The improvement which has most impressed me though, is the performance of openBVE v1.0.7.1 with Watford Junction to Rugby. To say that I’m delighted would be a massive understatement, as I’ve seen between 30-160% increases in framerate compared to v1.0.6.2! Generally though, framerates of around 17-21 fps (on the four track sections between stations, in the external view with those nice AC electric and Mk2 coach objects) are now fairly typical, where around 11-14 fps was a typical range before. Framerates are higher when in the cab view, of course. Certain extremely detailed areas which still need to be simplified for openBVE 1’s renderer, like the Bourne End and New Ledburn Junctions, as well as Tring and Bletchley, are now handled much better as well (10-12 fps rather than 4-6 fps as it was before, with framerates recovering to normal levels after passing through these isolated locations). To put this in perspective, the route loads around 2600 objects of all types with over 72600 .Freeobj commands, which is a lot more than usually found in a BVE route, and this is over a 106 km distance (in comparison, Cross-City South v1.31 loads around 700 objects of all types, with around 5600 .Freeobj commands over around a 25 km distance). In BVE 4, the framerate may be comparable initially, but if I start driving from Watford Junction, it stutters frequently, and BVE 4’s renderer gives up after reaching Kings Langley just a few kilometres into the route, and BVE 4 crashes without even an error message shortly after; WJ-R is a long way past being suitable for BVE 4 now, hence an awful lot of stuff will need to be removed in the BVE Trainsim versions of the route.

These latest openBVE optimisations which give rise to improvements in framerates, may also mean that route loading times increase a little as the object geometry is optimised, although in practice, I’m finding that only 5-6 seconds are added to Cross-City South v1.4 / new class 323 loading times, and 9 seconds added to Watford Junction to Rugby’s loading time, bringing the total loading time to 39 seconds for the latter route. Nevertheless, if this is a problem for you, please read » this thread « for information about the hidden options which enable you to limit what the new object optimiser does, allowing for faster loading times, but naturally at the expense of in-game performance.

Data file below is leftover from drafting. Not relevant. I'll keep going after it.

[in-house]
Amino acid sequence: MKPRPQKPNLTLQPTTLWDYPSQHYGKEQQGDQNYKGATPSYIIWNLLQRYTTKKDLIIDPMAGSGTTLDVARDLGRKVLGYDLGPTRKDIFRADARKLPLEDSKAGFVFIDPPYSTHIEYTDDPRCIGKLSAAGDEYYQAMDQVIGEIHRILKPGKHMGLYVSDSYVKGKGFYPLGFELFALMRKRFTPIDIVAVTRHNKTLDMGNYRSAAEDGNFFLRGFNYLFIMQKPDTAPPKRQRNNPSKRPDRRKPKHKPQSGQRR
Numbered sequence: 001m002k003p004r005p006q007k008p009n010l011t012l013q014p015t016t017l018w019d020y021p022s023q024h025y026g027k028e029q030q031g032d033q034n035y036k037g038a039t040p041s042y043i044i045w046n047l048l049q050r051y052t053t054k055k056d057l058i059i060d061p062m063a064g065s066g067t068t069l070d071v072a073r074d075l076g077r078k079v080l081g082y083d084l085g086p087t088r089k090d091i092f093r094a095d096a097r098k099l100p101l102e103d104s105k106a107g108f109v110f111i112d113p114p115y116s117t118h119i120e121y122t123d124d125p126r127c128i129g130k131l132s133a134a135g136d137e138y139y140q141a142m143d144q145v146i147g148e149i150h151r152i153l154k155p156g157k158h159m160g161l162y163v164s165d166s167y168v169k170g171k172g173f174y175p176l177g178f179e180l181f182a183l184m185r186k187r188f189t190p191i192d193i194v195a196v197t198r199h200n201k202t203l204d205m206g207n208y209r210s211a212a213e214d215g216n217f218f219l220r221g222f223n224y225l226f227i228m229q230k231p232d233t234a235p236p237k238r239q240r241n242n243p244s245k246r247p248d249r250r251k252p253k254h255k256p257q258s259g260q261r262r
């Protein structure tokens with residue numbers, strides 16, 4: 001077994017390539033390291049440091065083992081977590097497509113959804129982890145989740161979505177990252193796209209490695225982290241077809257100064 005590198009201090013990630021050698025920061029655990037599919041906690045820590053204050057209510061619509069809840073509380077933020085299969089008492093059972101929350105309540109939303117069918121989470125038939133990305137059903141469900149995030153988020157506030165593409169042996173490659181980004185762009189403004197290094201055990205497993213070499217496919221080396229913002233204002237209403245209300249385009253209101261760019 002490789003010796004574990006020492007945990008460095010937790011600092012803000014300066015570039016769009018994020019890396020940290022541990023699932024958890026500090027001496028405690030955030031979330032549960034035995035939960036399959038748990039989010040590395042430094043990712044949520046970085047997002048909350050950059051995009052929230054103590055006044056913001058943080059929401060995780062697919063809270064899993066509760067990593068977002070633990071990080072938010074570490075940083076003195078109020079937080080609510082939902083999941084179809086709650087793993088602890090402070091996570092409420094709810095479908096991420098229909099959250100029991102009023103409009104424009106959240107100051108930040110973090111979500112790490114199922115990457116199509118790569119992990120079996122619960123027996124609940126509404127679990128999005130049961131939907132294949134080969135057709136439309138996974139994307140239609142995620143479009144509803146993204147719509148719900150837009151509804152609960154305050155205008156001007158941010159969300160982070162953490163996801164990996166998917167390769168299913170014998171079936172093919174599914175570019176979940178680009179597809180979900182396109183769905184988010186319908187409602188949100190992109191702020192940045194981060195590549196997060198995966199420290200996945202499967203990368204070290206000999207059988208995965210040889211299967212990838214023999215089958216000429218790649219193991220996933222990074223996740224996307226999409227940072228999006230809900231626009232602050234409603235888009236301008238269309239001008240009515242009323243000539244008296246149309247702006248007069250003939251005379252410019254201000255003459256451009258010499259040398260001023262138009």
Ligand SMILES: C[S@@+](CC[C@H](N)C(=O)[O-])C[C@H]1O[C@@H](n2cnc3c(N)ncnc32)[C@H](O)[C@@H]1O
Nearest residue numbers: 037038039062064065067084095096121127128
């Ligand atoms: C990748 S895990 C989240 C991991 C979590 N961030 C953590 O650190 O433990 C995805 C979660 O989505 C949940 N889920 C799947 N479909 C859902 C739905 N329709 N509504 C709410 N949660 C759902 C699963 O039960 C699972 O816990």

If you’re interested in how these performance improvements have been implemented, take a look at » michelle’s blog « where the relevant OpenGL concepts are discussed (the May and June 2009 pages). Essentially, OpenGL’s GL_TRIANGLE_STRIP and GL_QUAD_STRIP structures are now used along with GL_POLYGON structures which were used exclusively in prior versions of openBVE, and using these structures where possible means that fewer vertices need to be transmitted to the rendering pipeline (due to there being fewer effectively duplicated vertices), thereby improving performance. These other structures are generated automatically by the new object optimiser included in v1.0.7, which was written for openBVE 2’s engine but has been added to openBVE 1. Version 2 of openBVE should deliver even greater performance improvements however, thanks to the use of display lists rather than the immediate mode currently used.

This early performance improvement also means that I can capture some higher resolution video of Watford Junction to Rugby now, so come back soon as I’m preparing another of my YouTube videos, in which I’ll also show a couple of other things I’ve been working on. 🙂

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New Object Development Features

Two new features have been added which allow developers greater flexibility and functionality where object creation is concerned — the Shear / ShearAll commands, and the ability to specify vertex normals in B3D and CSV objects (previously, vertex normals could only be specified in .X objects, which were awkward to hand edit). Before experimenting, please make sure that you’ve downloaded the latest versions of » openBVE«, » Object Viewer « and » Route Viewer « (if necessary, clear your browser cache first to ensure you aren’t just getting older versions of the downloads from your hard disk cache instead of the webserver).

Shear and ShearAll

Using the Shear / ShearAll commands, we can now skew meshes or entire objects, which makes certain kinds of objects much quicker and easier to create. Take a bridge which crosses a railway at an angle for example; designing the bridge object such that it’s perpendicular to the railway is relatively easy, but creating it at an angle can be more time consuming, especially if the bridge includes an arch. Using the new commands, we can create the bridge in a perpendicular fashion, and then easily perform a shear mapping operation on all the vertices in either a MeshBuilder block or the entire object: